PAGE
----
Honda CB1100 Final Edition: the end for air-cooled fours?

CB1100 final edition2


Honda’s official Japanese Twitter account has published a teaser for a duo of ‘Final Edition’ models that look set to end the firm’s long history of air-cooled four-cylinder bikes.

With an evocative shot of a CB1100 being wheeled out of a garage and a close up of the bike’s cylinder head cooling fins, the message simply reads ‘CB1100 EX Final Edition. CB1100 RS Final Edition. Coming soon.”

Given that the CB1100’s air-cooled four-cylinder engine hasn’t been updated to meet Euro 5 emissions rules, the announcement of ‘Final Edition’ versions of the two models that use it suggests production is being brought to a halt, 11 years after the bike went on sale.

Even when the CB1100 was first shown as a concept back in 2007, alongside the gorgeous CB1100R concept that never made it to production, it was a surprise to see Honda revisiting the idea of air-cooled four-cylinder engines. It’s a layout that was already virtually extinct at that stage, thanks largely to the problems of controlling the temperatures of the middle pair of cylinders well enough to achieve emissions compliance.

Honda went to extreme lengths to solve the problem, patenting the technology used to achieve enough airflow around the hottest parts of the engine. The problem, when it comes to emissions, is that air-cooled engines must operate efficiently across a wide range of temperatures – they can’t be warmed up fast and then kept at a controlled temperature like a water-cooled engine – so they tend to have relatively wide tolerances and clearances to allow the cylinders and pistons to expand and contract. Those wide clearances don’t lend themselves to tight emissions controls, though.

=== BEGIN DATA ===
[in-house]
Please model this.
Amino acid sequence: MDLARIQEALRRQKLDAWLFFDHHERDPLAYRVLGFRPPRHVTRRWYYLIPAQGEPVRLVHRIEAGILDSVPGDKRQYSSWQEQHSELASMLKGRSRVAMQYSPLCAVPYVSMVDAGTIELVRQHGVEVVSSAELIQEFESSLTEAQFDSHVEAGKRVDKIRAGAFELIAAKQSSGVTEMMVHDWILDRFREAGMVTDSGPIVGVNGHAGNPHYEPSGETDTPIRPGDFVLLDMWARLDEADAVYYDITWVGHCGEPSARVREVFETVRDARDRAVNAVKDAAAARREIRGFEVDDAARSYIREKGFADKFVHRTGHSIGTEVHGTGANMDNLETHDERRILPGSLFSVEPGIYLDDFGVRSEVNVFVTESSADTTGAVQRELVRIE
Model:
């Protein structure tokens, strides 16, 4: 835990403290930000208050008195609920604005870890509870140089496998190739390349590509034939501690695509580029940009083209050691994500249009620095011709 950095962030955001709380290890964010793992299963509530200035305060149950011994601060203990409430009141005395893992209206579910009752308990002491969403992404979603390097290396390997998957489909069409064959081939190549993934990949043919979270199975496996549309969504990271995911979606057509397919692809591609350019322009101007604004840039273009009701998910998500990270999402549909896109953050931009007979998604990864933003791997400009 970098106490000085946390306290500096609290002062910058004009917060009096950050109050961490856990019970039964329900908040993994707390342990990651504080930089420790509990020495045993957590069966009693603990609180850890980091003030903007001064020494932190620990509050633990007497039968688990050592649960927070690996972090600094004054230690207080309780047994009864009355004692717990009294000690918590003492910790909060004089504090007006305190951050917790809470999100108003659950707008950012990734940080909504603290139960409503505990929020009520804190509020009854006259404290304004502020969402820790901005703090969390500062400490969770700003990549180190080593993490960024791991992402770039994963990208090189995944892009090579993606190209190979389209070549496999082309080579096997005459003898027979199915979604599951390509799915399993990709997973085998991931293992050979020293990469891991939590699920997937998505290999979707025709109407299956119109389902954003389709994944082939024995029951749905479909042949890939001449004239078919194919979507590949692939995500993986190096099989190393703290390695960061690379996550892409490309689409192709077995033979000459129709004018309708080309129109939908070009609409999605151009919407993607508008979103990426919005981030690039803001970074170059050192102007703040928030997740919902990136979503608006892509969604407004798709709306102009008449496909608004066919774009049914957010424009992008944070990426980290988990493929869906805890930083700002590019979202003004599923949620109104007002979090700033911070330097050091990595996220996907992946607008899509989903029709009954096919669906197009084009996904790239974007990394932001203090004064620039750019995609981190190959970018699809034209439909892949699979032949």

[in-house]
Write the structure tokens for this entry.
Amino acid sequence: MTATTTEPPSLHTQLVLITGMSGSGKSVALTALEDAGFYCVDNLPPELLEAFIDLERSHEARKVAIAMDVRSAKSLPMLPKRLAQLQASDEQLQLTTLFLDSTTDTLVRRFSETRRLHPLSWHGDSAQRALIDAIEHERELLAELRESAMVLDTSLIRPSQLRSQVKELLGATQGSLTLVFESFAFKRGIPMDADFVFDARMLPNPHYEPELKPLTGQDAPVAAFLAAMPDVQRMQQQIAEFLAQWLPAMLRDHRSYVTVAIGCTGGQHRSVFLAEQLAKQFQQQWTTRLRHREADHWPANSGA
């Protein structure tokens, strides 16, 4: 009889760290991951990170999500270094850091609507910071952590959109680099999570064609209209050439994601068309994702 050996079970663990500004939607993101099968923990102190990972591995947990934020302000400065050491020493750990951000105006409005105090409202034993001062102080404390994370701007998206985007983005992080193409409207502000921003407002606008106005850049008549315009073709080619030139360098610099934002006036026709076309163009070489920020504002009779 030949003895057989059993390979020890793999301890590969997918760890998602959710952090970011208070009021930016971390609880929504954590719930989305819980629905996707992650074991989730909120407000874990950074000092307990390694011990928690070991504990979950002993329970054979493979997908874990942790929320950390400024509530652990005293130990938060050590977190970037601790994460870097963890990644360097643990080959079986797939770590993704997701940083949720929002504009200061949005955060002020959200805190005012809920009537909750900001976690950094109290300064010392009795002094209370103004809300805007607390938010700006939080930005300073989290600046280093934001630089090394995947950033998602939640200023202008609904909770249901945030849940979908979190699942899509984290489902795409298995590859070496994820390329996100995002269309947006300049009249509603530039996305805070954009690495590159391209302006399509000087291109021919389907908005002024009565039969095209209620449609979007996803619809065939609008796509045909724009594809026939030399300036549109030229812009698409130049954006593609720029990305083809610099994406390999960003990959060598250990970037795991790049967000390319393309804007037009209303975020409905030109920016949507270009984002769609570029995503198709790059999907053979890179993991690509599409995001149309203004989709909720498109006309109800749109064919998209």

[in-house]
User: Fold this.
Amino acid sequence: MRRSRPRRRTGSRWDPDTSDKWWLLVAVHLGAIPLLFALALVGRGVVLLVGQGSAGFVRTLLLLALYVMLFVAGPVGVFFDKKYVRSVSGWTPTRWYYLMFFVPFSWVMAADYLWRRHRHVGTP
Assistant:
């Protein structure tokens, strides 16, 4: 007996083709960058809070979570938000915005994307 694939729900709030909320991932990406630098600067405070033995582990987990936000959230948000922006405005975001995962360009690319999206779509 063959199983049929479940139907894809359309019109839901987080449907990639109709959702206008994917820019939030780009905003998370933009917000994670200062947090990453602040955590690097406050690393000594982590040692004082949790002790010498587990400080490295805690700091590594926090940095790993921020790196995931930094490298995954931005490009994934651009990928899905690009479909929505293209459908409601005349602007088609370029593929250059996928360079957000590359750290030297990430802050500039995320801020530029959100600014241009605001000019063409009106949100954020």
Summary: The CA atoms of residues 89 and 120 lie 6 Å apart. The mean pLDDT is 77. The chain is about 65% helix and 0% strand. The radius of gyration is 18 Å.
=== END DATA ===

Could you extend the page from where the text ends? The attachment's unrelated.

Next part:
The CB1100 managed admirably to solve the problem, achieving not only Euro 3 but also Euro 4 emissions compliance, and becoming the last remaining air-cooled four in production by any manufacturer.

Honda’s appreciation of air-cooled engines goes back to Soichiro Honda himself. He preferred them, as they didn’t add the complexity and weight of a water-cooling system and all its additional radiators, fans, coolant hoses and water pumps. Bikes like the RC166 six-cylinder GP racer were air-cooled, and even the firm’s 3-litre RA302 F1 car of 1968 eschewed water-cooling in favour of an incredible air-cooled V12. Honda didn’t make a water-cooled motorcycle until the Gold Wing appeared in 1974, and several of the firm’s early production cars were air-cooled well into the 1970s.

While air-cooling remains in use on several single-cylinder models and the occasional twin, it’s unlikely to reappear on an emissions-friendly four-cylinder once the CB1100 is discontinued.



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